We are pleased to welcome Underware to Webtype, along with three of their most popular and expressive typefaces.
At the end of the 20th century, not long after a decade dominated by the Grunge aesthetic, a new group of young designers entered the type scene, producing accomplished, versatile families. Digital type design had reached a new maturity in which well-trained but independent boutique shops made fonts as professional as those issued by the large, established foundries.
Underware was at the head of this new class. Fresh out of grad school at KABK’s Type and Media program in The Hague, Akiem Helmling, Bas Jacobs, and Sami Kortemäki infused their typefaces with a youthfulness combined with rich influences from their backgrounds in Germany, The Netherlands, and Finland. 15 years later, Underware is still setting trends and delighting audiences with inventive and useful fonts.
Now Underware type will be available via the reliability and convenience of the Webtype service. The first batch of the foundry’s fonts to hit our collection is Bello, Auto, and Fakir.
Bello is Underware’s first hit, favored by designers for the effortless way it conveys energy and joy. While informed by traditional handwriting and brush scripts, Bello is rendered in a undeniably contemporary way. It translates the work of a traditional sign painter into the here and now. This ebullience is especially effective on the web, where we are accustomed to seeing plain and sober stuff. The inky Caps font offers a toned down companion to the script.
Here are a few of the many ligatures and swashes that give Bello a hand-lettered flow. Ligatures improve connections and reduce duplicate shapes, while Titling and Swash alts add flourishes to the beginning and ending of words. Learn how to use these OpenType features on the web.
Auto is not a handwriting typeface, but it is unmistakably made by the same hand(s) that wrought Bello. Amiable and lively, yet still clean and readable, Auto is a friendly sans that can do the corporate, white-collar work usually reserved for duller types. It is armed with the extensive language support, small caps, and figure sets required for editorial and corporate uses, but what makes it unique is its three – yes three! – kinds of italics. These variants present the opportunity to choose a specific style for standard emphasis, or — for the more adventurous — use more than one italic style to distinguish content types without changing typefaces.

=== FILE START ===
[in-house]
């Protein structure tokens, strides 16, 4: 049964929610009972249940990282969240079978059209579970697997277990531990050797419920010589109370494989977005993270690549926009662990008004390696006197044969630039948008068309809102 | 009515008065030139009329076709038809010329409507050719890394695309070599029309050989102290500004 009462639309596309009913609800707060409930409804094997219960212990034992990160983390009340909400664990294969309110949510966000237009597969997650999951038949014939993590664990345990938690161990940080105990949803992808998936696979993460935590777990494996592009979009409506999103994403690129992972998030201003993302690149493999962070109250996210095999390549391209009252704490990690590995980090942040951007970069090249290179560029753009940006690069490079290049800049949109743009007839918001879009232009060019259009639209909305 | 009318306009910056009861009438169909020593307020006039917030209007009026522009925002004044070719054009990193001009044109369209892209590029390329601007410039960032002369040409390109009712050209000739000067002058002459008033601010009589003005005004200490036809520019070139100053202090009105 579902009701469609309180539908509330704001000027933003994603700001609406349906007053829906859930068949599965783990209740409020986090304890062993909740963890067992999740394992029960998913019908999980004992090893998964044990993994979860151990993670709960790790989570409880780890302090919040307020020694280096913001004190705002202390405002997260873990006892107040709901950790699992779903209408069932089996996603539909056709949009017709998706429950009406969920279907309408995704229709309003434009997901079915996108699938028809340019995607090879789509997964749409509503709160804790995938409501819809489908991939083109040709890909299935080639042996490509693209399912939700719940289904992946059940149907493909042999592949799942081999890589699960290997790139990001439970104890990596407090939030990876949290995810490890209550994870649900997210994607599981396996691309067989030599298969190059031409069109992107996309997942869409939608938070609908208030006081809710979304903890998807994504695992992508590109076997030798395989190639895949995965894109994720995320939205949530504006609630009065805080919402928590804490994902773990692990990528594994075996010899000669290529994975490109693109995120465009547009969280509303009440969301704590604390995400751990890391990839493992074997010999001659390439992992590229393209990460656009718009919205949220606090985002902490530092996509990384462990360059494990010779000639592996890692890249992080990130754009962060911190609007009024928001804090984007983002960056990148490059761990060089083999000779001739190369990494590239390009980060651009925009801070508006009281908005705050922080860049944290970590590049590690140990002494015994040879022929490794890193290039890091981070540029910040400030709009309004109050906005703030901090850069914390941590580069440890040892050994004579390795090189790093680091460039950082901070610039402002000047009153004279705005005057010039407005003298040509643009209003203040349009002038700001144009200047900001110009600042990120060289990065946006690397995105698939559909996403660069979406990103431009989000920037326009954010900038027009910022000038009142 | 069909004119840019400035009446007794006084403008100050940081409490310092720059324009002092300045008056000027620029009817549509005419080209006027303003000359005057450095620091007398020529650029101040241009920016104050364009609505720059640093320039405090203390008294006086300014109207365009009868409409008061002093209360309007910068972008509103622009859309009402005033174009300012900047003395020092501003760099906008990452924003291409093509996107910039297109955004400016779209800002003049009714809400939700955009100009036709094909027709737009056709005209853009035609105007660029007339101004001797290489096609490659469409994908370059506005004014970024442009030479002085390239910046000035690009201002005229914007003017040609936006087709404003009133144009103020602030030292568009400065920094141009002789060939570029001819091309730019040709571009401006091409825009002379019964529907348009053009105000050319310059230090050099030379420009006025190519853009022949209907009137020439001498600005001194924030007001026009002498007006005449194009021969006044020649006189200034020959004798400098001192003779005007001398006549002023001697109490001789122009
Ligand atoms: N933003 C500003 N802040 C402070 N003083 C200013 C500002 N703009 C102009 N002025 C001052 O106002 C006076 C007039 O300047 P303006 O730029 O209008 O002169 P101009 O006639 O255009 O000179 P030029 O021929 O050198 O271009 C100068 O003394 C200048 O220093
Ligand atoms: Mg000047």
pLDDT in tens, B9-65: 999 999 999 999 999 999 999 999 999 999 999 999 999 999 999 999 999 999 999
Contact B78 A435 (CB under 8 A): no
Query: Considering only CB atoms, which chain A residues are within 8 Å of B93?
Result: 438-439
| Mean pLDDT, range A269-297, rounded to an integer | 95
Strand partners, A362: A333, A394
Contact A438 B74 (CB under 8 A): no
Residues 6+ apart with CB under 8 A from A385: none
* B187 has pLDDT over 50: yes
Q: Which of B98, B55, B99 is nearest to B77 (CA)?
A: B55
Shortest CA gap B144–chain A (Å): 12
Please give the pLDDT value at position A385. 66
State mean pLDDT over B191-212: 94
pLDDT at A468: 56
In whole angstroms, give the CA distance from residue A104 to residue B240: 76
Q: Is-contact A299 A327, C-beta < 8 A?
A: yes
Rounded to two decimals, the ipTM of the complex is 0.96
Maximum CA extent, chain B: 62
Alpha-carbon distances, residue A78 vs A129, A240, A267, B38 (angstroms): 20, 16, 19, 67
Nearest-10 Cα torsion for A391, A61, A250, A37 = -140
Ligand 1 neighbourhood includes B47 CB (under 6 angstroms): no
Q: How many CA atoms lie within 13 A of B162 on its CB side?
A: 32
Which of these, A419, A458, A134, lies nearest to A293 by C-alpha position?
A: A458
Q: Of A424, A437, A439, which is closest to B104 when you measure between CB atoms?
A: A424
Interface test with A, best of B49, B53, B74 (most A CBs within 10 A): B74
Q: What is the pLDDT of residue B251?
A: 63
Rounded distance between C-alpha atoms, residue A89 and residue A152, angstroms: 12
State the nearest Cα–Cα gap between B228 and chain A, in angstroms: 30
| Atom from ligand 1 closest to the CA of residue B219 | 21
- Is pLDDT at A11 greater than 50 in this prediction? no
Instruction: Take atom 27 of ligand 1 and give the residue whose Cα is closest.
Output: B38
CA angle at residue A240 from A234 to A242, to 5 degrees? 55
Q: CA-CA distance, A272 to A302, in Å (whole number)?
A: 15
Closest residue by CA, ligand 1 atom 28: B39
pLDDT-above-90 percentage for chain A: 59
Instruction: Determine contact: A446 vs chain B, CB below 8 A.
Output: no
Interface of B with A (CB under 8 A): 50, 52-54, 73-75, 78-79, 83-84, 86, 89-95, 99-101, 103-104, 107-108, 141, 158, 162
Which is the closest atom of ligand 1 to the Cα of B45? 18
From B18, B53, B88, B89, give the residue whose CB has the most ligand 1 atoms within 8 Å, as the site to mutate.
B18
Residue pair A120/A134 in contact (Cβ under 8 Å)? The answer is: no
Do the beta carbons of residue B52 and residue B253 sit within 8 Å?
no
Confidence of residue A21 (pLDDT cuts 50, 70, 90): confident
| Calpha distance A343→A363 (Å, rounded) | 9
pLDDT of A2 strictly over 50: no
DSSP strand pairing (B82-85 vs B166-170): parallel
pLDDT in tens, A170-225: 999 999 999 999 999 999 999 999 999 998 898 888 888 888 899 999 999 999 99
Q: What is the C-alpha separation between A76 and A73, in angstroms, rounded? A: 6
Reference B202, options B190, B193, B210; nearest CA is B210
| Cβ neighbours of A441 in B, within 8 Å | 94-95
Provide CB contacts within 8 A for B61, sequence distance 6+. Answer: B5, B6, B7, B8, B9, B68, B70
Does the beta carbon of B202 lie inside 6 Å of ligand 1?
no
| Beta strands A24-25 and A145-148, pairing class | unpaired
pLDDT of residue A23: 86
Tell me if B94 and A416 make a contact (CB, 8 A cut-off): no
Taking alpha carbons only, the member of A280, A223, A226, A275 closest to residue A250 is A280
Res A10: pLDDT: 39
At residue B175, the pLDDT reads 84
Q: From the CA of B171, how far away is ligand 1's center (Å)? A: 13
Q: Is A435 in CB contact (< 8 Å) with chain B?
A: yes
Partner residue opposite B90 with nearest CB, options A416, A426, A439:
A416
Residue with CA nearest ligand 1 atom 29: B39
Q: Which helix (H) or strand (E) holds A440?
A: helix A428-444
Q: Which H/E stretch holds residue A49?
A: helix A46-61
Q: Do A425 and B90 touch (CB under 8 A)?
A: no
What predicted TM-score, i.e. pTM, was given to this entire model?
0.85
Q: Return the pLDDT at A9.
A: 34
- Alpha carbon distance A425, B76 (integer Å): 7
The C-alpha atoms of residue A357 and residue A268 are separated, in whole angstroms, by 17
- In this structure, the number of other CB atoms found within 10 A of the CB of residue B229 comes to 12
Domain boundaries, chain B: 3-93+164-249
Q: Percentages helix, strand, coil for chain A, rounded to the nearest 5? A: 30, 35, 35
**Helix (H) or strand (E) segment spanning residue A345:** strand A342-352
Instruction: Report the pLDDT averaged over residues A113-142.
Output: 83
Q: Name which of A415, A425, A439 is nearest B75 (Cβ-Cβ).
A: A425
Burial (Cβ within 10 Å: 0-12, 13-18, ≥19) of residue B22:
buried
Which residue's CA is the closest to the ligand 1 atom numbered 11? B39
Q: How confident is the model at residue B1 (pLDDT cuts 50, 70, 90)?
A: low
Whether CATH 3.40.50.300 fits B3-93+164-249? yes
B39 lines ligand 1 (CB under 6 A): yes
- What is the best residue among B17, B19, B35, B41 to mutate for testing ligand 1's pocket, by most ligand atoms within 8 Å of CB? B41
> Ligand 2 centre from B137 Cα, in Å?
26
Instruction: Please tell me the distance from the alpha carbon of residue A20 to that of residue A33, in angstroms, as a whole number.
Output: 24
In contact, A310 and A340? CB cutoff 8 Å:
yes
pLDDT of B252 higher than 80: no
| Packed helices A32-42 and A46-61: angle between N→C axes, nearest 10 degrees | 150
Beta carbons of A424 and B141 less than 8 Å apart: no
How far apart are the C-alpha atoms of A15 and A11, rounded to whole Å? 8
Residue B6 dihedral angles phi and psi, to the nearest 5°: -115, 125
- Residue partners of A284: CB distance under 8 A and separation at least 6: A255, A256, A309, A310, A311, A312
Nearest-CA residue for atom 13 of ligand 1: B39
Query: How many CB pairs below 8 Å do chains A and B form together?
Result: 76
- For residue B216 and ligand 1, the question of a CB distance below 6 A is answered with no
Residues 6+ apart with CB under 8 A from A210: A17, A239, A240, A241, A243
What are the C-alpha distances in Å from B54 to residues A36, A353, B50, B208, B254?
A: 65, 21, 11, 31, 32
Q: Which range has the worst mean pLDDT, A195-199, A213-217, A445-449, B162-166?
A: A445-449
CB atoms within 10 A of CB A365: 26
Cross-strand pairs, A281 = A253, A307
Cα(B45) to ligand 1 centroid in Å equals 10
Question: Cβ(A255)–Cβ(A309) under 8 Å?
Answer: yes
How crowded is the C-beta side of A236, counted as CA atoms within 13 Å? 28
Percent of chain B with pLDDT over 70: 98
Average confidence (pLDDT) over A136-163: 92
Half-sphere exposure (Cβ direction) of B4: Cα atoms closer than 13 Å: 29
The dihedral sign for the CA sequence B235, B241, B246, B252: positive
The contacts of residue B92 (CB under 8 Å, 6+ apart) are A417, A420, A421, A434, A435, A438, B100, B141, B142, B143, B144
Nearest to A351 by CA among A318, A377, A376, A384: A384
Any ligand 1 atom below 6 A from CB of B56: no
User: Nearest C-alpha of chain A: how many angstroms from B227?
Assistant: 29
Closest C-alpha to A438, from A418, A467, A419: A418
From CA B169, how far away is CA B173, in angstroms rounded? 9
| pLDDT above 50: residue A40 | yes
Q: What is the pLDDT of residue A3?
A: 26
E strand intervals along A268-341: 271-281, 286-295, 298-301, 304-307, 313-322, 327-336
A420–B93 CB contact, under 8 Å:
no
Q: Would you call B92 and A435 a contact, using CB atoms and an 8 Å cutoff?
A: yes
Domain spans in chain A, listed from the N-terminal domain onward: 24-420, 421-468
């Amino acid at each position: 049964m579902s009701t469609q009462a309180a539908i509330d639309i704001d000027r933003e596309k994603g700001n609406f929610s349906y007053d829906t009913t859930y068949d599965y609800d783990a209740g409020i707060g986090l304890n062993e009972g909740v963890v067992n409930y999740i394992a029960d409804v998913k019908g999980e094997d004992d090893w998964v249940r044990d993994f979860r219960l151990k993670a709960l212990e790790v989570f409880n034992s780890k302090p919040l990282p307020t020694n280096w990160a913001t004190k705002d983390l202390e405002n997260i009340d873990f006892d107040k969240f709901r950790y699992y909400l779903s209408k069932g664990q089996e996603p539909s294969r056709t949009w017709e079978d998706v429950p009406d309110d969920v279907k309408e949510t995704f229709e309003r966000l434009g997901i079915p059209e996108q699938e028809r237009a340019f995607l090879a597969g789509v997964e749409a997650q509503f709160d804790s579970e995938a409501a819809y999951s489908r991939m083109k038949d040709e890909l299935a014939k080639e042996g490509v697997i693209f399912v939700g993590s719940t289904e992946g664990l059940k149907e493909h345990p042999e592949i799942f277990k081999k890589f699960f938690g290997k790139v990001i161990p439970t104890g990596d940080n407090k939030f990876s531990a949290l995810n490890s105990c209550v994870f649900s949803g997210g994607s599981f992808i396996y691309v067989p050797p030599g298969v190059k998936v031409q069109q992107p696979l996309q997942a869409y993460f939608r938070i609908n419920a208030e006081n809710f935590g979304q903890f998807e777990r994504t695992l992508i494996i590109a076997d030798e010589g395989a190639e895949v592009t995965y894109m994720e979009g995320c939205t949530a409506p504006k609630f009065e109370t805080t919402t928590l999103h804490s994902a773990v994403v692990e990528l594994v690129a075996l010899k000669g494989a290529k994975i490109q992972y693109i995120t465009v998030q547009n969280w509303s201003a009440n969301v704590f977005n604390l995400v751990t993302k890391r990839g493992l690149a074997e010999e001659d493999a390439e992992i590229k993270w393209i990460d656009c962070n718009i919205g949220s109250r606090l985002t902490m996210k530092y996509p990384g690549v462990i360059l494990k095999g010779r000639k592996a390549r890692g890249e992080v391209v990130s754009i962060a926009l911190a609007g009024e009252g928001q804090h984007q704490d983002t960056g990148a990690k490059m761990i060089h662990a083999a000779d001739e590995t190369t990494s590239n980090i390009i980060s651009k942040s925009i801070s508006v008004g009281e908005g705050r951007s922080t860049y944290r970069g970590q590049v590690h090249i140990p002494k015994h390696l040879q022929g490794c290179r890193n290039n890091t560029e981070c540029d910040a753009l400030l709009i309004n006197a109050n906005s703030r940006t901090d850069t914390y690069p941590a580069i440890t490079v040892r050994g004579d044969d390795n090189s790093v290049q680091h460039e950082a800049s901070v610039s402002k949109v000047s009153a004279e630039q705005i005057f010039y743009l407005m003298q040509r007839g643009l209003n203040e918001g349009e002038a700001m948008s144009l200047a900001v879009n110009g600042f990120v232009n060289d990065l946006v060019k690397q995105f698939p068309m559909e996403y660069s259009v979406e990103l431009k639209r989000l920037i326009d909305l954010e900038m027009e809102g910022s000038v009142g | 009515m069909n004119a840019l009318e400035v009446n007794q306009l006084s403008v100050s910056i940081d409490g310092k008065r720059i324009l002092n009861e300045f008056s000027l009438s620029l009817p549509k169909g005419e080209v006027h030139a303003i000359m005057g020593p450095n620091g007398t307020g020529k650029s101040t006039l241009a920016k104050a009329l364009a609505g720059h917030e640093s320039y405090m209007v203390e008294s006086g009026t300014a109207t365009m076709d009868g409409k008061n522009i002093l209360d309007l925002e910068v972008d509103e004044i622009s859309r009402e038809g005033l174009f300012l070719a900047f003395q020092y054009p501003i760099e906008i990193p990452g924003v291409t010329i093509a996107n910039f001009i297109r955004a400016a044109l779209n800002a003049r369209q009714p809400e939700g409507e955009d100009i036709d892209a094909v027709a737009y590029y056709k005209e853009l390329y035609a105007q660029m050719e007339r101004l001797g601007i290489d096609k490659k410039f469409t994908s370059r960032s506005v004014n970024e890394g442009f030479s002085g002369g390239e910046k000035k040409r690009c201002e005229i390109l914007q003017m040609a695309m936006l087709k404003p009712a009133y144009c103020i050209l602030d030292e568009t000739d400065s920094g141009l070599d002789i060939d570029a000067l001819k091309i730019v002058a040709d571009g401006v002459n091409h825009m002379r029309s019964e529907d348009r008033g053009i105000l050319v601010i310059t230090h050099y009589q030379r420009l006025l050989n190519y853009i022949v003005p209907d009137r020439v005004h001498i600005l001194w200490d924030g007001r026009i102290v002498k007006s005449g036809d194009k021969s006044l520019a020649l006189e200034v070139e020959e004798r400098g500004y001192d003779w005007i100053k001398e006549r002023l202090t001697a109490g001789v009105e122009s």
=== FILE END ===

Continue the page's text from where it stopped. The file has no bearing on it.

Auto 1 Italic leans gently but the forms remain spare. Auto 2 Italic adds elements of a traditional oldstyle italic, with tails, serifs, and other turns of stroke. Auto 3 Italic is nearly upright in stance, but almost ornamental in shape — it’s as calligraphic as a modern monolinear sans serif can get.
Fakir is another prime example of what Underware does best: add life and accessibility to a long established (and often antiquated) category of type. In this case, the target was the Textura blackletter. Fakir contemporizes the old gothic form by transforming less familiar Textura forms into romanized forms. This makes it more readable to a wider audience than most typefaces in its category. For moments that call for more flavor, Fakir Display brings back more blackletter character.
It is something of an anniversary for these three Underware families, as they were all introduced to the print world about ten years ago. Webtype is honored to introduce Bello, Auto, and Fakir to a new audience on the web, where they offer a lively alternative to more mundane and poorly designed options in each of their categories. Stay tuned — we’ll be adding more Underware fonts in the coming months!